When Jin­nah re­fused to say ‘Ma­hatma’

The Times of India (New Delhi edition) - - Times Sport -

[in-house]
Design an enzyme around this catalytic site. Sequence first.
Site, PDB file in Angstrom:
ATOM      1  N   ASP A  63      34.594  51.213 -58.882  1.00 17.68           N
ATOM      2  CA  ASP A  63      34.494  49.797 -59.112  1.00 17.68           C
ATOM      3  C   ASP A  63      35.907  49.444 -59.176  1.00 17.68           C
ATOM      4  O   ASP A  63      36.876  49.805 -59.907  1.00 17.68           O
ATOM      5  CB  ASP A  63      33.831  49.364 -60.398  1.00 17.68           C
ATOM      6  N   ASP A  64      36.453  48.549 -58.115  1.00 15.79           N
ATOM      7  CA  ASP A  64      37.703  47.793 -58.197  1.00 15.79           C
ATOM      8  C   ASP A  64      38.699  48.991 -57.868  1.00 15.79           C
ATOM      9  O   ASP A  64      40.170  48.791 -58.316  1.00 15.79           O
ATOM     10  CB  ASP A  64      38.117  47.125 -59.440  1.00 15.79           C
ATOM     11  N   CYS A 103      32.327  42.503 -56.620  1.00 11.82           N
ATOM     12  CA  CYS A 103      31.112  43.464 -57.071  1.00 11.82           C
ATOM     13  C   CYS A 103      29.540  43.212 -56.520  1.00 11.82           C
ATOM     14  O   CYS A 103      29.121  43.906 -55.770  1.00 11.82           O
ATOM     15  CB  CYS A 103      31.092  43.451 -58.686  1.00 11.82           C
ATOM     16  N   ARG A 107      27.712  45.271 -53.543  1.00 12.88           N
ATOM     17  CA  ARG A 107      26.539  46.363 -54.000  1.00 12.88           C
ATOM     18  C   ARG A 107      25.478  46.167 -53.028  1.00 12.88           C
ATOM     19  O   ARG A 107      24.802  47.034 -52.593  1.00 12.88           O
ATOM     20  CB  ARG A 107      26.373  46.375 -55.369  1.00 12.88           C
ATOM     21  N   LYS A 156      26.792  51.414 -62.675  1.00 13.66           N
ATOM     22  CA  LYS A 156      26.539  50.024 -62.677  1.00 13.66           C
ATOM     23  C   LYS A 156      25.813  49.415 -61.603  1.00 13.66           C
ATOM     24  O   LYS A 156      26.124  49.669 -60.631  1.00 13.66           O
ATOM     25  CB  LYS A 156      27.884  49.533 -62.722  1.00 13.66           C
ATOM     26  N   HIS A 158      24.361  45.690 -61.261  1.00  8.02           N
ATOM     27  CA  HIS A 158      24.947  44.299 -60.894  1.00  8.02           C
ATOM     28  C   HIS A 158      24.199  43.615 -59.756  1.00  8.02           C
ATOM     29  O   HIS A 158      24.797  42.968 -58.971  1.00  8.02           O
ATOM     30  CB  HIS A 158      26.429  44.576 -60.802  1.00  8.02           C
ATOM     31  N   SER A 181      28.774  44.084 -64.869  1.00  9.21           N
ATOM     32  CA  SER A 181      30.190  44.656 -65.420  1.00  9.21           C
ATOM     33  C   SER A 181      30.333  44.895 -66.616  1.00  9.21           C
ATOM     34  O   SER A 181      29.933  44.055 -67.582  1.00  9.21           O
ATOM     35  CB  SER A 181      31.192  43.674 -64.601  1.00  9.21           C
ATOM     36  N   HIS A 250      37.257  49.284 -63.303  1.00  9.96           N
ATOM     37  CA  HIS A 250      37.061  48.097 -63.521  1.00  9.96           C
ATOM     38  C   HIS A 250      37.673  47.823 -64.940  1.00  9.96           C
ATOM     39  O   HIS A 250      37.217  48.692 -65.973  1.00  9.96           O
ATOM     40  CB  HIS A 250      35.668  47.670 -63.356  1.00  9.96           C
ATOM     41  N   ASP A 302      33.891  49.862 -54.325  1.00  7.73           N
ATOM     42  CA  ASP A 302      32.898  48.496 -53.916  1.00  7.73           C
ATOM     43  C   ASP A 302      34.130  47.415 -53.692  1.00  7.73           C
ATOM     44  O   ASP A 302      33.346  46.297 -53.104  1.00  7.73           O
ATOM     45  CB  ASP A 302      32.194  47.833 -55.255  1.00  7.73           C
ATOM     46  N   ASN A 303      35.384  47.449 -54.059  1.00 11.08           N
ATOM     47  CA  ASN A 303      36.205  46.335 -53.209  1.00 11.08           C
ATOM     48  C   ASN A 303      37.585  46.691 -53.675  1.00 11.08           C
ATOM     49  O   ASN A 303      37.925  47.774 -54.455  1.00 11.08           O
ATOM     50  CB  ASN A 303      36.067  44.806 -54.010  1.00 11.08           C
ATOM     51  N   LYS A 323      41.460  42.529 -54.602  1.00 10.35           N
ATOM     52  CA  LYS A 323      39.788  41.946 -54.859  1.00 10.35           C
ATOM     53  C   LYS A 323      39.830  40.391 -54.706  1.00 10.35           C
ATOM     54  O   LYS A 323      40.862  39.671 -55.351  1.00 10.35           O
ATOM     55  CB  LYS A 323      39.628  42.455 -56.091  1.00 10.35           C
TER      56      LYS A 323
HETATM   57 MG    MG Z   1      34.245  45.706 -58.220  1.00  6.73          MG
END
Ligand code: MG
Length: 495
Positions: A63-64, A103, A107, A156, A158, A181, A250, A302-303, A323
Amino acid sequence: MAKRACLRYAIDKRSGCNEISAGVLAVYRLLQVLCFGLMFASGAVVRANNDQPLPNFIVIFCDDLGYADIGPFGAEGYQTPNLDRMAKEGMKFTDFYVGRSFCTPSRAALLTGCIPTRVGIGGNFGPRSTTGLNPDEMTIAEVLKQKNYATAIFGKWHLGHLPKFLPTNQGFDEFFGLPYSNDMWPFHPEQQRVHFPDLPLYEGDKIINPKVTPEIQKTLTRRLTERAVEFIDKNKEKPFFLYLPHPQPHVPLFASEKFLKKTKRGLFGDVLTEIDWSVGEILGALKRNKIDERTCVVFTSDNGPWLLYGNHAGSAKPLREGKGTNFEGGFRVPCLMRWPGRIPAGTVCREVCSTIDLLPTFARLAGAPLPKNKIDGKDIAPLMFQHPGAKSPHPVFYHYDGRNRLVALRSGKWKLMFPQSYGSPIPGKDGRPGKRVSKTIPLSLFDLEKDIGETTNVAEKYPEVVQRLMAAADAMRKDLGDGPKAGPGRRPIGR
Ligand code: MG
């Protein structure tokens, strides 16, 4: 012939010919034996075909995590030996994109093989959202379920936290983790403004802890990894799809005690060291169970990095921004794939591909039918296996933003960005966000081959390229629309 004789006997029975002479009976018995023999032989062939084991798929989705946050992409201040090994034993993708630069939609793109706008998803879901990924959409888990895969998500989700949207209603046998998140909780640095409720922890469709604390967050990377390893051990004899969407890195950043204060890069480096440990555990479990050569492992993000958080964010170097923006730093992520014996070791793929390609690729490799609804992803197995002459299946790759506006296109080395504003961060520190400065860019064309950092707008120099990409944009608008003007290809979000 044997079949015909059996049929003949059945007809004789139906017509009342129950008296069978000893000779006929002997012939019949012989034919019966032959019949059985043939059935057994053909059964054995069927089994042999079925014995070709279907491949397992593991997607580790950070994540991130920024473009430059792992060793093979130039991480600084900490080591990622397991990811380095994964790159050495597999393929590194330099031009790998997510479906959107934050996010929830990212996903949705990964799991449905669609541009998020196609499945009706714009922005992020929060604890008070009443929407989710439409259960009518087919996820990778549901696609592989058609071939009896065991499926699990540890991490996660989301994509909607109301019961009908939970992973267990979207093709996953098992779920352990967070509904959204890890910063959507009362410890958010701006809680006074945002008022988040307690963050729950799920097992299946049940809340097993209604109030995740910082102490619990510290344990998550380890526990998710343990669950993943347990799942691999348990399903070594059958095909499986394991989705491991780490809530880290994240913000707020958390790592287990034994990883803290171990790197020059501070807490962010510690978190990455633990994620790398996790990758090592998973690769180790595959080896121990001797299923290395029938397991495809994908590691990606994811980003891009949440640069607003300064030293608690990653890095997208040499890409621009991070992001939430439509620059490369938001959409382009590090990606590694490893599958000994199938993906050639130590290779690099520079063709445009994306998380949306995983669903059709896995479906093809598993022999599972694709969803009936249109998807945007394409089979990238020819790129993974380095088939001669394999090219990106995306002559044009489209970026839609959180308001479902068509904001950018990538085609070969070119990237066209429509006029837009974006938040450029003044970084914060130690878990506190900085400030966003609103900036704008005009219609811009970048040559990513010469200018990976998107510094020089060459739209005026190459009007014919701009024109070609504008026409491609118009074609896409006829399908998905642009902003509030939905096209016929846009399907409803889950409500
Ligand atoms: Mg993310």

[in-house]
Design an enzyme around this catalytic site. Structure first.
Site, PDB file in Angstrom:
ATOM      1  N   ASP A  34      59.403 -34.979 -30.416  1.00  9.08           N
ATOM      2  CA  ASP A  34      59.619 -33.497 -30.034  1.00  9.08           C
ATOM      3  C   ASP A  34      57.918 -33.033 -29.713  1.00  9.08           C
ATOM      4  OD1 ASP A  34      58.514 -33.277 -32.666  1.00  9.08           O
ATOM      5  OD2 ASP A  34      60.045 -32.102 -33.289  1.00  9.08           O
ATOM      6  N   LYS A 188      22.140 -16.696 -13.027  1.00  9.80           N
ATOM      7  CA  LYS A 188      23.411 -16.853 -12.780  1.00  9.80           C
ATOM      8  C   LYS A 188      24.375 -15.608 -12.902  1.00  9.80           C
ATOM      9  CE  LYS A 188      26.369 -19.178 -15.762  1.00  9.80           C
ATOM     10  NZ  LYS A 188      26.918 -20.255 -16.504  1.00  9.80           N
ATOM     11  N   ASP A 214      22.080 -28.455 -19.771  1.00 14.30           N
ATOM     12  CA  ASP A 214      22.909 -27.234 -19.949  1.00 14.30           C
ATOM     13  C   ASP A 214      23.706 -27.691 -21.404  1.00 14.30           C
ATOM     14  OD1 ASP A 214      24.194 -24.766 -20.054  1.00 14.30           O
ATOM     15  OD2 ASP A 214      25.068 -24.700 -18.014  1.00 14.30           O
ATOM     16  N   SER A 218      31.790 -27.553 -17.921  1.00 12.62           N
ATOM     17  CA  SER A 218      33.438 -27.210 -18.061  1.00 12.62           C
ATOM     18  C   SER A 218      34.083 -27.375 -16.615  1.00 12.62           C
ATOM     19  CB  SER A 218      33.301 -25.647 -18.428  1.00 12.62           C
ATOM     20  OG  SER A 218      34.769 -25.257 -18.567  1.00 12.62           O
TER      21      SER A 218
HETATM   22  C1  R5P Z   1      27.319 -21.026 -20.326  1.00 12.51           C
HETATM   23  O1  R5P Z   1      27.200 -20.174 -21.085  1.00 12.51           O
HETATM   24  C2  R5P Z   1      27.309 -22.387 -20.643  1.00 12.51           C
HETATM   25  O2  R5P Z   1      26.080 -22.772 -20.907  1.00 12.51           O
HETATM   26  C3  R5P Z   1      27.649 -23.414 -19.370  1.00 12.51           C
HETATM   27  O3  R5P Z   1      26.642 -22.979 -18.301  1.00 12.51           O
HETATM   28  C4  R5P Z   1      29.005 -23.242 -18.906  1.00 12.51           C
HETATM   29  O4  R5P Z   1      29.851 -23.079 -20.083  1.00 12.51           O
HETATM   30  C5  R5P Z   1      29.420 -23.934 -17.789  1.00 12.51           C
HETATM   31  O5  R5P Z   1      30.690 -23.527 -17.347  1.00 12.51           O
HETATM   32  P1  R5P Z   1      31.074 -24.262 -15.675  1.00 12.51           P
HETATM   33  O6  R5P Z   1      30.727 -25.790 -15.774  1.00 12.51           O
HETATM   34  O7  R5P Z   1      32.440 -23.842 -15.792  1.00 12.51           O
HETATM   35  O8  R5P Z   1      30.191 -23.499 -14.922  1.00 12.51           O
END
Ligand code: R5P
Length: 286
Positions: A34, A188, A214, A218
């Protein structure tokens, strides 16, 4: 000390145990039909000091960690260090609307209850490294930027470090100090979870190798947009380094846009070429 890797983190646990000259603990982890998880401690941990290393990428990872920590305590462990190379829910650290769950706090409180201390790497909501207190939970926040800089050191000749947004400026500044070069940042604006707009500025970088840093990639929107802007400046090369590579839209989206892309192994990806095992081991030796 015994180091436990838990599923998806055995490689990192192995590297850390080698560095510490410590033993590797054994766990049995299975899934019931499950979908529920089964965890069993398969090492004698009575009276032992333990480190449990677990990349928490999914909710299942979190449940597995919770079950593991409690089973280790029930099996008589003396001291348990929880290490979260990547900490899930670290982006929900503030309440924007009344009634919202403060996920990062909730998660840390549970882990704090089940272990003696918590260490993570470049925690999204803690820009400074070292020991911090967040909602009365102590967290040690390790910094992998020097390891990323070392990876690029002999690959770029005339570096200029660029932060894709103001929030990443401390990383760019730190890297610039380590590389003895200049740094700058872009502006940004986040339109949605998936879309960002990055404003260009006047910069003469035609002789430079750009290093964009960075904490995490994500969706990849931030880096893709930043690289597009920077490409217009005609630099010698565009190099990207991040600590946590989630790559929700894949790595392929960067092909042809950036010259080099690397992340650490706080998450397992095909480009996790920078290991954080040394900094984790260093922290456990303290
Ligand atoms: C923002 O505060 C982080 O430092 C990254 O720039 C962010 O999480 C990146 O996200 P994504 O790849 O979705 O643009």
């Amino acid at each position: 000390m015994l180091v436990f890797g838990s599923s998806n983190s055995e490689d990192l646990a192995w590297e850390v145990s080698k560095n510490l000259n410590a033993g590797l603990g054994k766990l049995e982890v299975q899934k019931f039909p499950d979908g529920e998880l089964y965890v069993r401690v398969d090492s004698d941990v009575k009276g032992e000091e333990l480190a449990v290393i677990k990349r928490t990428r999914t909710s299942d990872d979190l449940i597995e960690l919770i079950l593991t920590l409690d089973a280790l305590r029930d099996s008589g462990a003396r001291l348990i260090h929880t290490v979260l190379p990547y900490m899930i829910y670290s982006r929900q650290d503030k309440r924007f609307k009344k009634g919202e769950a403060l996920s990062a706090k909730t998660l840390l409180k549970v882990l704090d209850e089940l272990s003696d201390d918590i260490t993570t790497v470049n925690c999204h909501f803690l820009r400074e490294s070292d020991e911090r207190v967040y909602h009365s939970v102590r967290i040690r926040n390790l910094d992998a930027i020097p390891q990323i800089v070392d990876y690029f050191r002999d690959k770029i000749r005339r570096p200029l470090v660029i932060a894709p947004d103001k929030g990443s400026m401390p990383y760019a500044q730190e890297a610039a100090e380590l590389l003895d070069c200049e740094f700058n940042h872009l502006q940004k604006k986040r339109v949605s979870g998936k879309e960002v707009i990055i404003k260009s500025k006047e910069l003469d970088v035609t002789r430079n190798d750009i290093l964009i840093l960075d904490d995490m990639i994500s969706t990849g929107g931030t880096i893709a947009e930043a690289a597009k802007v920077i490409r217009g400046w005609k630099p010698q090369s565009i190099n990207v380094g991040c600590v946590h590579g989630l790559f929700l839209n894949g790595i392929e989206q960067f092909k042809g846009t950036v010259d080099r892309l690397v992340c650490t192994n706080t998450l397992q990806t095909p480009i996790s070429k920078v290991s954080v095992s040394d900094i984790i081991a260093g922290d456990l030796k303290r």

In­dian Na­tional Congress met at Nag­pur in De­cem­ber 1920. By then, it had be­come cus­tom­ary to re­fer to Gandhi as ‘Ma­hatma’ Gandhi. Mo­ham­mad Ali Jin­nah re­ferred to Gandhi as Mr Gandhi. Maulana Mo­ham­mad Ali, leader of the Khi­lafat move­ment, re­quested Jin­nah to re­fer to Gandhi as Ma­hatma. Many del­e­gates also shouted and asked Jin­nah to say ‘Ma­hatma Gandhi.’ As Jin­nah per­sisted, a sec­tion of the au­di­ence started shout­ing, ‘Sit down.’ Still Jin­nah per­sisted. Gandhi then stood up and said; “I am not a Ma­hatma. I am an or­di­nary man. By co­erc­ing Jin­nah to a par­tic­u­lar choice of word, you are not do­ing me hon­our. We can not win real free­dom by forc­ing our views upon oth­ers. As long as there is noth­ing ob­jec­tion­able or deroga­tory in a man’s lan­guage he is at liberty to think or say what­ever he likes about oth­ers.” This paci­fied the del­e­gates.

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